8. A method as in claim 7, wherein said columnforming material is hydraulic cement mortar.

9. A method as for providing a concrete or like pile in an earth situs comprising the steps of: screwing a hollow-shafted auger inwardly into the situs to form a pile cavity therein of requisite depth; withdrawing said auger to at least one stop position defining a closed cavity extent beyond the inner end of the shaft; feeding self-hardenable pile-forming cementitious material from a source of supply thereof, through the hollow shaft of the auger into said cavity to displace a more fluid grout also fed into said cavity from a different source thereof, whereby said displaced fluid grout is caused to permeate radially into the soil of the situs and increase the load-bearing capacity of the formed pile.

10. A method as in claim 7, wherein said pile-forming material is hydraulic cement mortar force fed into the closed cavity.

11. A method as for providing in a earth situs a column or structural formation of material different from that of the situs, comprising the steps of: screwing a hollow-shafted auger inwardly into the situs to form a cavity therein of requisite depth; withdrawing said auger by successive incremental stages to stop positions defining a plurality of cavity increment extents in which the inner end of the auger is substantially non-rotatably presented toward each respective said cavity increment extent, while mechanically force-feeding fluid columnforming material from a source thereof to convey said material through the hollow shaft of the auger into each successive said cavity increment extent, in upward progression; and the steps of the method including rotation of a second auger within said auger shaft, with a flighted extent of the second auger presented within the respective cavity increment extent, for downward compaction of the fluid fill material against the resistance of the enclosing walls of the formed cavity, whereby an integrated structural body of selective total length is formed in said pile cavity.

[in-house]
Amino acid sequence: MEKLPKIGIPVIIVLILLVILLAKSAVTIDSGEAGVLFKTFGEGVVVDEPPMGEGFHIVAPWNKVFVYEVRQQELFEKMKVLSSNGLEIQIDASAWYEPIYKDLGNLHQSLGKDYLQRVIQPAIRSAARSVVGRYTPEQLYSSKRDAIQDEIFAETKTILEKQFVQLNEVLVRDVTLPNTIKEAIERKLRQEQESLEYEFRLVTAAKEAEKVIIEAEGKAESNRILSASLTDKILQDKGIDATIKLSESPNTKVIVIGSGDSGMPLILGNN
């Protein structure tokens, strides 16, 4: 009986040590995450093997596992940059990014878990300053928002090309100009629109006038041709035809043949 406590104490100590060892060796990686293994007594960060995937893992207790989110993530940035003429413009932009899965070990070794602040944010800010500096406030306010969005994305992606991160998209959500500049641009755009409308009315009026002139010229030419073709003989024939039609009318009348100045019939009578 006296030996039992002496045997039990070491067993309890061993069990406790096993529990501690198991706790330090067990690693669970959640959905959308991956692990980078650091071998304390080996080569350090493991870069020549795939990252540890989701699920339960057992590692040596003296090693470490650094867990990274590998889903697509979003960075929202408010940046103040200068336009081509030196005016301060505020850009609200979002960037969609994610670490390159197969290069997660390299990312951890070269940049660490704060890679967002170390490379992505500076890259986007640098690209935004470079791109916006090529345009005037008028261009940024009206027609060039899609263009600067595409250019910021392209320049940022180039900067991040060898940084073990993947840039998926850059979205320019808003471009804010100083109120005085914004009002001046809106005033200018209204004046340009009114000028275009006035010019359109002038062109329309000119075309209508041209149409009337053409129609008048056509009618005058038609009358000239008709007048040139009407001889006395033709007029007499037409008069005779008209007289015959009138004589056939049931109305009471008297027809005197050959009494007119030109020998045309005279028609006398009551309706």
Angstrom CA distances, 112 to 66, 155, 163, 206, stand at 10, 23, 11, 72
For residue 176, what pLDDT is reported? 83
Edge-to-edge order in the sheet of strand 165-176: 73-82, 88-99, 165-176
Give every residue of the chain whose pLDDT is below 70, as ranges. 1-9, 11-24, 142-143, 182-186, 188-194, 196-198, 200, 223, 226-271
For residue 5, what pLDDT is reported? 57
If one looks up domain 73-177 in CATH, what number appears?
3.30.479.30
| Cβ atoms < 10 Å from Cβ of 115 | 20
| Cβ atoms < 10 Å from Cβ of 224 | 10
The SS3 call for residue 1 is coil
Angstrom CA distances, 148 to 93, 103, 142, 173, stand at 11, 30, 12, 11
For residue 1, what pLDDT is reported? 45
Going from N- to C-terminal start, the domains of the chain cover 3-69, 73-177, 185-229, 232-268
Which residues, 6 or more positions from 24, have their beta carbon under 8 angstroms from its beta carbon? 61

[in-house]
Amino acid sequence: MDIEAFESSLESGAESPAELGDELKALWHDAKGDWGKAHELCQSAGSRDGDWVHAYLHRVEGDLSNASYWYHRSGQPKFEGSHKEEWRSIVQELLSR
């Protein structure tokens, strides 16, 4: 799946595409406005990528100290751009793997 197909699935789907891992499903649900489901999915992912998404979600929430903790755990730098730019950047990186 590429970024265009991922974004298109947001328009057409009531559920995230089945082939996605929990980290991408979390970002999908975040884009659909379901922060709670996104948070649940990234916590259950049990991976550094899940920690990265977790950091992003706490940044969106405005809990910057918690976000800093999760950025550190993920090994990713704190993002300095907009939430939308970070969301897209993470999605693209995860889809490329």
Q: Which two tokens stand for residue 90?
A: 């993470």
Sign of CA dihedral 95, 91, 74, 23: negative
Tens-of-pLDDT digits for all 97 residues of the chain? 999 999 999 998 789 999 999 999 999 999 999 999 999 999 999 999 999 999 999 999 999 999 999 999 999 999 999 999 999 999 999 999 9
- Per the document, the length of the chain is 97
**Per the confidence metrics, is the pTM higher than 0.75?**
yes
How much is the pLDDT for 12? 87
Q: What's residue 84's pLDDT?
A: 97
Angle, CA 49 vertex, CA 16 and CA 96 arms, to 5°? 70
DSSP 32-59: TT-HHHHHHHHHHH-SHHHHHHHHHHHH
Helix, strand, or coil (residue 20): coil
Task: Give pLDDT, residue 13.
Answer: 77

12. A method as in claim 11, wherein the fluid material is fed through said hollow shaft by force-feeding flighting of said second auger within the hollow shaft.

13. A method as in claim 12, wherein said fluid material is in the class including self-hardenable cementitious material and porous materials.

14. A method as in claim 11, wherein said fluid material is in the class including self-hardenable cementitious materials and orous materials.

15. A method as in 0 arm 11, wherein said second auger is reciprocated with respect to said hollowshafted auger while a flighting extent of the second auger is within the material fed into formed cavity.

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Classifications
U.S. Classification405/241
International ClassificationE02D5/34, E02D15/04, E02D5/36, E02D15/00
Cooperative ClassificationE02D5/36, E02D15/04
European ClassificationE02D15/04, E02D5/36